Policies and Program Innovations that Connect Primary Health Care, Social Services, Public Health and Community Supports in Canada: A Comparative Policy Analysis

QC, PE, NS, ON, BC, NL, NB, MB, NS: Jeannie Haggerty, Marilyn Barrett, Shannon M Berg, Anne Junker, Denis Roy, Cheryl Tschupruk, Yves Couturier, Leanne Currie, Russell Dawe, Shelly Doucet, William Montelpare, Catherine Scott, Tara Stewart, Jason Sutherland, Robin Urquhart

Please describe your research project and how it contributes to improving primary care.

Children, youth, and older adults with serious chronic conditions and limited or diminishing independence often need their primary care providers to connect them to social services, public health services, and community supports. Failure to connect to needed services leads to negative experiences for patients, caregivers and health professionals alike; it also leads to poor health outcomes and health system inefficiencies. The goal of this work was to help future development of models of care that connect smoothly across health, social and community services.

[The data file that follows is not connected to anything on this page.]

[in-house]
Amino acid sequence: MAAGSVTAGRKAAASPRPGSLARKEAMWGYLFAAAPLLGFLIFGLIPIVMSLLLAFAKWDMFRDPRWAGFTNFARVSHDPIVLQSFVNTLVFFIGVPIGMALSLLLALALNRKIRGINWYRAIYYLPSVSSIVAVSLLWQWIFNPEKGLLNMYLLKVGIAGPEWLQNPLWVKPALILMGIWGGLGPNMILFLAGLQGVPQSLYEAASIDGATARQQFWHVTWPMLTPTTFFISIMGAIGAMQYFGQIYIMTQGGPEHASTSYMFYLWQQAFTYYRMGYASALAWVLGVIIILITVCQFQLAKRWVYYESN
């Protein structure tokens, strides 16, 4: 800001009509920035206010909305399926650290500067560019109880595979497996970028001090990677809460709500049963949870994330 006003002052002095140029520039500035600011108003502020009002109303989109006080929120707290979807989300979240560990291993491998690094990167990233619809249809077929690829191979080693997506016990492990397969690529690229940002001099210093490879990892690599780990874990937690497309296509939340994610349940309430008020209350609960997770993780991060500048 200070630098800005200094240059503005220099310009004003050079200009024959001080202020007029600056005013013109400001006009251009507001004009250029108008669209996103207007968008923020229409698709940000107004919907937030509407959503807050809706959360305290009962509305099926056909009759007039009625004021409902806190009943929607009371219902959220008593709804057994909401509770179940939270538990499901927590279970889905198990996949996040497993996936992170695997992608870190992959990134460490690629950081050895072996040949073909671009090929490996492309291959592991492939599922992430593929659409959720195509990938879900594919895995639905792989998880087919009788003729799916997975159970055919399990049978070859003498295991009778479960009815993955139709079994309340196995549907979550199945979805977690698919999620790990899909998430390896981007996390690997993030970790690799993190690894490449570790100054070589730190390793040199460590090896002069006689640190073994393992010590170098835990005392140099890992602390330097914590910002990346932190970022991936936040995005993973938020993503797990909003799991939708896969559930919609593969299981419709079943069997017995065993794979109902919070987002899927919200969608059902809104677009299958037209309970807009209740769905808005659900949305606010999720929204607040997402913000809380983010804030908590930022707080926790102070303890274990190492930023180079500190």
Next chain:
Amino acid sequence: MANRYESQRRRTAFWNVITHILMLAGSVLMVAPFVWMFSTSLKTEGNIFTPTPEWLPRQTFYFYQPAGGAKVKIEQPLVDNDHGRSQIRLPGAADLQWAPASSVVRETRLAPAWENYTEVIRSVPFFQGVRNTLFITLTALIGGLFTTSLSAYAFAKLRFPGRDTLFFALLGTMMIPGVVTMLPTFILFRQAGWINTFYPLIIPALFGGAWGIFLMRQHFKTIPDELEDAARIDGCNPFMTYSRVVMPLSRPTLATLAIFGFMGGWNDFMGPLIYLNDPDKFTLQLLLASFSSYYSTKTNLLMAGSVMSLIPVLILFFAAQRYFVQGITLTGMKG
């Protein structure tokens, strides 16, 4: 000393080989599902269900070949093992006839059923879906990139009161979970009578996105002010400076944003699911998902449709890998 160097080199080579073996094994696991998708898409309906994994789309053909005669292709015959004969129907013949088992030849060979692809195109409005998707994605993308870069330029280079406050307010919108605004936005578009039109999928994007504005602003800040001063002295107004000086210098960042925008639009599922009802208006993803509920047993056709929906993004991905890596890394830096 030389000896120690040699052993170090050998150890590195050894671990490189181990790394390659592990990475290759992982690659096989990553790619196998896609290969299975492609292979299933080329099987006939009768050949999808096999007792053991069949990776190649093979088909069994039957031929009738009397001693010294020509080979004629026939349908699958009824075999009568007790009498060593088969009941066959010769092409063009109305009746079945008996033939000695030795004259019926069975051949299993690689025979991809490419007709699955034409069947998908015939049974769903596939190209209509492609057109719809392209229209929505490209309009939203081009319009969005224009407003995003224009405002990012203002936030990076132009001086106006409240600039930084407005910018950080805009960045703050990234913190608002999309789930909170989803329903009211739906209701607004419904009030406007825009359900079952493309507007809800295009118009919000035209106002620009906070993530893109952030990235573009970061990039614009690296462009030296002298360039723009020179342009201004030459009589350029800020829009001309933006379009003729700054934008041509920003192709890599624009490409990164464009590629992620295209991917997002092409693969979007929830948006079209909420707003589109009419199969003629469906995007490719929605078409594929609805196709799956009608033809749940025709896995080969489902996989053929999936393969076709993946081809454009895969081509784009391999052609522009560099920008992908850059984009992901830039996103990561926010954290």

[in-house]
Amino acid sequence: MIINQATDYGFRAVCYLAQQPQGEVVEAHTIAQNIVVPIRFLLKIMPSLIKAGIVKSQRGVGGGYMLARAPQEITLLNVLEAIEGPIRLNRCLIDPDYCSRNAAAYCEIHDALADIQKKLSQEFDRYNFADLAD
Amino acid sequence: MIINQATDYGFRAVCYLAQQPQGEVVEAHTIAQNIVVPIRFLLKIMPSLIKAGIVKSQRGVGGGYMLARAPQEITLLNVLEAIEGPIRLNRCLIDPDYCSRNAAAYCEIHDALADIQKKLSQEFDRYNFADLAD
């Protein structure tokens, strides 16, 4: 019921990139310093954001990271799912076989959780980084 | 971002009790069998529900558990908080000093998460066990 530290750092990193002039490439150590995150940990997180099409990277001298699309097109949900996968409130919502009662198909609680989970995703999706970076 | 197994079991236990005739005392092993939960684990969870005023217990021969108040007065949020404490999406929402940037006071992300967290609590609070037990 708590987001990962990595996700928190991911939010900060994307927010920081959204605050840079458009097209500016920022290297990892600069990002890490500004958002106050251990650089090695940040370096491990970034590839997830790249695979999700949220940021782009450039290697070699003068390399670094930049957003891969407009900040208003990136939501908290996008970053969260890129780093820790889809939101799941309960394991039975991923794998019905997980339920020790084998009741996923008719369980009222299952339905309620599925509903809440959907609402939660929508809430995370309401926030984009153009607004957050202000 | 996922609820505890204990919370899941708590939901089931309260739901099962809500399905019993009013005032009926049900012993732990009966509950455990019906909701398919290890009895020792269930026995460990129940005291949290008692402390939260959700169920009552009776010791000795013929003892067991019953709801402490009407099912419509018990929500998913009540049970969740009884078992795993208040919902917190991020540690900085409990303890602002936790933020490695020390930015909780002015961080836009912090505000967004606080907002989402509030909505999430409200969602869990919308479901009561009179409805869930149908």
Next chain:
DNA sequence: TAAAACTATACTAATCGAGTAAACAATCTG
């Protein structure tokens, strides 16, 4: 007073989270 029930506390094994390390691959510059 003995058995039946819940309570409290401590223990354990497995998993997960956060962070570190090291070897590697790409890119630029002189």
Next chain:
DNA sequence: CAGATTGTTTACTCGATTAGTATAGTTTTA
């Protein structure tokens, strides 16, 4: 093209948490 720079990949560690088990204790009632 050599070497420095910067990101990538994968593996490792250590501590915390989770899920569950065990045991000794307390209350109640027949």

In each province we studied the policies and governing structures that restrict or allow connections. Then we identified examples of successful and unsuccessful programs that were designed to connect services in order to learn from best practices and failures. Data collection and coding of transcripts are now complete.

The primary manuscript is being drafted.